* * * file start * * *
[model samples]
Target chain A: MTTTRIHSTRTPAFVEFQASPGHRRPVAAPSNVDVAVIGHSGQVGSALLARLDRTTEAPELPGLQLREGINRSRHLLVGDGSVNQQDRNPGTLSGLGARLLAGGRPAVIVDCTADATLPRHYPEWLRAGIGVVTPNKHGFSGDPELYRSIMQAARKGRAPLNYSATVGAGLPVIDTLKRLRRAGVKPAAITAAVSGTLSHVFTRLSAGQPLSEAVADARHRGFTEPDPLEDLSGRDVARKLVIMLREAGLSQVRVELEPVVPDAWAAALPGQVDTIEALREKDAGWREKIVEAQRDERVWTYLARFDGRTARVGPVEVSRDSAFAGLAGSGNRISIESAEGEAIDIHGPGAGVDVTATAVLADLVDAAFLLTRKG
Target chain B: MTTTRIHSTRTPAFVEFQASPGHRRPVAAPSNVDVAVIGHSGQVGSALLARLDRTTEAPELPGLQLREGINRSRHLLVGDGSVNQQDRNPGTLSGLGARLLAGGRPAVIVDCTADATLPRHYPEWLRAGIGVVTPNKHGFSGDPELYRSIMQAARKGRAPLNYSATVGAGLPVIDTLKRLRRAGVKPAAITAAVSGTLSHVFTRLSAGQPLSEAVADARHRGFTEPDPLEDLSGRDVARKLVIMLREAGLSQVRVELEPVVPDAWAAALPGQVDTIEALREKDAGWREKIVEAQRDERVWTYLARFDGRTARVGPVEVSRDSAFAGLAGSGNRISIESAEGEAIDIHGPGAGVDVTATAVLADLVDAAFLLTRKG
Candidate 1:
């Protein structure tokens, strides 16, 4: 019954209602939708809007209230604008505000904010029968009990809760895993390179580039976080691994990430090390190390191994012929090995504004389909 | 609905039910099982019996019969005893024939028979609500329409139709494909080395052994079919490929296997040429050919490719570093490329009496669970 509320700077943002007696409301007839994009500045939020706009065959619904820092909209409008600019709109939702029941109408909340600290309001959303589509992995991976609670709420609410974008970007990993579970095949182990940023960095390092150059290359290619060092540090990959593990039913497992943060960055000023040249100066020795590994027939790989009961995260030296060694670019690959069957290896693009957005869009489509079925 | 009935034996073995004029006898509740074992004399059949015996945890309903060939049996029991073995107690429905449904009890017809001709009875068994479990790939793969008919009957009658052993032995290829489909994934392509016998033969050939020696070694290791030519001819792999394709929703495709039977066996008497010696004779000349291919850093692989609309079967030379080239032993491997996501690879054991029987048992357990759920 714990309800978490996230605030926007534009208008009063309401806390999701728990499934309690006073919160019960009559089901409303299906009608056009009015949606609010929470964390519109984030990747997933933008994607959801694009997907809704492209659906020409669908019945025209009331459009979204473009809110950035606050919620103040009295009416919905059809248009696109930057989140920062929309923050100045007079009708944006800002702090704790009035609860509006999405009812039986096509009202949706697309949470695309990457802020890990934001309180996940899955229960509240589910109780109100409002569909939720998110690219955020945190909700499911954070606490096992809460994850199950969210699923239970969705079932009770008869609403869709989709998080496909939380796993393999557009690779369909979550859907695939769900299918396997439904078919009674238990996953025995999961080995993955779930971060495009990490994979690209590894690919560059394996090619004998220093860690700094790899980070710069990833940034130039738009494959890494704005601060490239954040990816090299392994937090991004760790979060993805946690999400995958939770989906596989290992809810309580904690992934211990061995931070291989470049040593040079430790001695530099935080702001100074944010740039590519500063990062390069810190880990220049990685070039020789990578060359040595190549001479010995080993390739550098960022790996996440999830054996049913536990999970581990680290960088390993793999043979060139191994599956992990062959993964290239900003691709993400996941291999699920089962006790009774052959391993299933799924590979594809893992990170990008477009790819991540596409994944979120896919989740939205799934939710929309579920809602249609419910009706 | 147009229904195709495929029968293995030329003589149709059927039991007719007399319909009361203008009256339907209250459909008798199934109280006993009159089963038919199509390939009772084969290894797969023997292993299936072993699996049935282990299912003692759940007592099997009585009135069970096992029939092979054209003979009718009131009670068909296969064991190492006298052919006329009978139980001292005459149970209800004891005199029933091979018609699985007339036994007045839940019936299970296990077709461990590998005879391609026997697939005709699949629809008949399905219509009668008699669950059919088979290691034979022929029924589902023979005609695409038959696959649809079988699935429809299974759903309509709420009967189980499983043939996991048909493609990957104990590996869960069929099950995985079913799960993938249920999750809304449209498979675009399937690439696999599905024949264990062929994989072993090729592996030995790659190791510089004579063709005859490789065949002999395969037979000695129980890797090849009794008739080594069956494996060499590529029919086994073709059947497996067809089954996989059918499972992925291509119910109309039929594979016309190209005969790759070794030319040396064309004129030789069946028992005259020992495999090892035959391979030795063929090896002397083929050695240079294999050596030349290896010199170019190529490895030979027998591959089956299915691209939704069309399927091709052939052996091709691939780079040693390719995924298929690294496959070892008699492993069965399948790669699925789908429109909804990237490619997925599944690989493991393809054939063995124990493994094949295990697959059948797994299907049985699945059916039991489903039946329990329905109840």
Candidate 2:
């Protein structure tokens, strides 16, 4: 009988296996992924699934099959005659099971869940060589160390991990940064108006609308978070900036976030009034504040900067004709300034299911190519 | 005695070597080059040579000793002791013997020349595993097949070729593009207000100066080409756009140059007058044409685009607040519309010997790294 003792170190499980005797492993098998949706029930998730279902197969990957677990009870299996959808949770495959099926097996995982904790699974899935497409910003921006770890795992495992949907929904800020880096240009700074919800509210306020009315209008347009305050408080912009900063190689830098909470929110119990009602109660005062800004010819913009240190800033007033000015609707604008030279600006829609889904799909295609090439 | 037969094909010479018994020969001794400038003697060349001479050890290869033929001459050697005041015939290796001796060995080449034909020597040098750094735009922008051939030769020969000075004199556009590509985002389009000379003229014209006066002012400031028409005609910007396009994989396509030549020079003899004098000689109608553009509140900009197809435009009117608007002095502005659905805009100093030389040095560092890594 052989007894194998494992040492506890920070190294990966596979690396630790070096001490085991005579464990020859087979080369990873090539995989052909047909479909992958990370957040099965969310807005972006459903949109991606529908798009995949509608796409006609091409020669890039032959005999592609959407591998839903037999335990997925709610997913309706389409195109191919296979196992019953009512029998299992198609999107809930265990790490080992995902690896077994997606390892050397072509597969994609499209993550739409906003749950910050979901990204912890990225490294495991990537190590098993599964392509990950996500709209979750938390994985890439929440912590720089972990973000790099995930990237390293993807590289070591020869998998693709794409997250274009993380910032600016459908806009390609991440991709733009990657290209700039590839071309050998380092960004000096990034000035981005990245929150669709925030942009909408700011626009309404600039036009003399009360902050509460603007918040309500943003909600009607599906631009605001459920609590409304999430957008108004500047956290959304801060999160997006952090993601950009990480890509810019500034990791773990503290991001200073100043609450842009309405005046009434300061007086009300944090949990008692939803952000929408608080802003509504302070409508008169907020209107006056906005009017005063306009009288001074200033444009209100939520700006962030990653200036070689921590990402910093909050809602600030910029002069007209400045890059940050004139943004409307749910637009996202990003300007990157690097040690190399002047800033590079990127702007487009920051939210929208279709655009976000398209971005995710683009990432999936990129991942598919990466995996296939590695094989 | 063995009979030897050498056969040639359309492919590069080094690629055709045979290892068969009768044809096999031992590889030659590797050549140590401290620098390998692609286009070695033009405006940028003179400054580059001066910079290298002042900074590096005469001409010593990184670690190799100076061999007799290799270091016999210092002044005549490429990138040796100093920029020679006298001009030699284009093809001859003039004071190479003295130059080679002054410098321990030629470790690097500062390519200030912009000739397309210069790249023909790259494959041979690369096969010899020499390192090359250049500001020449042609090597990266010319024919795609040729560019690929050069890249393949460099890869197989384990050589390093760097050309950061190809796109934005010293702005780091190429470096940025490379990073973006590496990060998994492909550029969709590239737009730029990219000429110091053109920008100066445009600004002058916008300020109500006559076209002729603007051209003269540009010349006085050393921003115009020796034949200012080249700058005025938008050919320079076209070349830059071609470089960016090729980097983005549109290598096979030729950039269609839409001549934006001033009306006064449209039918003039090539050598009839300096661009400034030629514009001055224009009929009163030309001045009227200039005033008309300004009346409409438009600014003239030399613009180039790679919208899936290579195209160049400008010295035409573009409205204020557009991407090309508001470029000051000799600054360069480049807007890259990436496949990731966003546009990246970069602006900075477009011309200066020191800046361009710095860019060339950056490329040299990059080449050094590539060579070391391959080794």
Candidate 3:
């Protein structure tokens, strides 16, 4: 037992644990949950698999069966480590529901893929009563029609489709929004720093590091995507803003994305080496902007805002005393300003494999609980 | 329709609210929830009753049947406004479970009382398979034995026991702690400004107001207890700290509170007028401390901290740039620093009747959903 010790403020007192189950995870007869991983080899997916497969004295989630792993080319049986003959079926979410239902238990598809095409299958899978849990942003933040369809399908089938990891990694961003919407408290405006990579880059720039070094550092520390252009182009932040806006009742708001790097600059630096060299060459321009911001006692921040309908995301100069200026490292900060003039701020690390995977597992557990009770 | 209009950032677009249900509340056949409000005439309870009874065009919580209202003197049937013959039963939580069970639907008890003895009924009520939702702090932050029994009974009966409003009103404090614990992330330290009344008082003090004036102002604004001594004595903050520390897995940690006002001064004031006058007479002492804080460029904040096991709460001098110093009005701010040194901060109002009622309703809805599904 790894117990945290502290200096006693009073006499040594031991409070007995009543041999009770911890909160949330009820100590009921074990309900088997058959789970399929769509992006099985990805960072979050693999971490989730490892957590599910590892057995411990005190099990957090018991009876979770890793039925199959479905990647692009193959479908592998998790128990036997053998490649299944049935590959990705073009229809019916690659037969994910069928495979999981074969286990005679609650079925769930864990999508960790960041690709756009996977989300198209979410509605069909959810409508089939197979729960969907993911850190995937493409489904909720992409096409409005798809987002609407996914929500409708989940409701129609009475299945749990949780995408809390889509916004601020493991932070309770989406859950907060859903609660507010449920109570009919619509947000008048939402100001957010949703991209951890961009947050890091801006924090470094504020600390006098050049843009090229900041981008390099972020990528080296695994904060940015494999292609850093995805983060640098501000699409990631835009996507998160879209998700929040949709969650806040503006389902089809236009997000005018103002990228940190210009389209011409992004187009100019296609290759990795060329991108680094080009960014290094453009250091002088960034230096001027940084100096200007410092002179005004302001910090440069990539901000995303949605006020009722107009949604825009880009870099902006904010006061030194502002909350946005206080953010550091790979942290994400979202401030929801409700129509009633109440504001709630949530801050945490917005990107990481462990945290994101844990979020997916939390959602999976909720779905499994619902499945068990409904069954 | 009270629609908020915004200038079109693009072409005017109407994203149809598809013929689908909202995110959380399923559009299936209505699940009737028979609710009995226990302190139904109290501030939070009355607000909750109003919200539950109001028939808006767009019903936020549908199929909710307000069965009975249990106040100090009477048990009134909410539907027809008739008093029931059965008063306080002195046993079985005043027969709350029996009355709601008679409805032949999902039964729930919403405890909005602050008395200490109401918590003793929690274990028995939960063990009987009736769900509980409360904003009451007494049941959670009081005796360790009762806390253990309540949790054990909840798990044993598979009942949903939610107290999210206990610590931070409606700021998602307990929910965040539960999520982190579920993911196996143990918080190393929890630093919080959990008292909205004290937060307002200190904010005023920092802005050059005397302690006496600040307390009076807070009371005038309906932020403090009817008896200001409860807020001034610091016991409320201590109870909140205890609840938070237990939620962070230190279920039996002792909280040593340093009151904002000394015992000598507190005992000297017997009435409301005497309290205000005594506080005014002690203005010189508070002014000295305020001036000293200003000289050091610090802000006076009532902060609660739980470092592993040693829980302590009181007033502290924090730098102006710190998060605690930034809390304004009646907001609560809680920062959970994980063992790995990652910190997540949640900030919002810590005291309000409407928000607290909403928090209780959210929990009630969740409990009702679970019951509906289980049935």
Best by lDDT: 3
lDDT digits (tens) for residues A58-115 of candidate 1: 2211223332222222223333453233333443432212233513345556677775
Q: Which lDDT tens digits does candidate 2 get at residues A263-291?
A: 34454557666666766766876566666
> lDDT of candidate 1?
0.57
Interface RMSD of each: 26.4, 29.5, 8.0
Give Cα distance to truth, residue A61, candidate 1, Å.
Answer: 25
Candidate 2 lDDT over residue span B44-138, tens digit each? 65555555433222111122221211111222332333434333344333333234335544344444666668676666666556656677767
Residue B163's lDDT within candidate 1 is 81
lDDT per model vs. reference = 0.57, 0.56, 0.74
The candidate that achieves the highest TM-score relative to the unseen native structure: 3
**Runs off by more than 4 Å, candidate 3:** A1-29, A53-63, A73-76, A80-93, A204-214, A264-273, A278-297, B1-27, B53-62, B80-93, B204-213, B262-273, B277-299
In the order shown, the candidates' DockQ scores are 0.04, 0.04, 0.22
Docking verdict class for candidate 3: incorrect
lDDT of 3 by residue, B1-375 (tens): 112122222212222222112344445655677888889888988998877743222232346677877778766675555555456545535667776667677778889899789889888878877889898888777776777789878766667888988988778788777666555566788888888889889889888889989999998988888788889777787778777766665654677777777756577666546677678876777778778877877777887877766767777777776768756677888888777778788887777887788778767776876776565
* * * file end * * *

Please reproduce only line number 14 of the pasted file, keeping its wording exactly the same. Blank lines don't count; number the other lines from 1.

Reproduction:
> lDDT of candidate 1?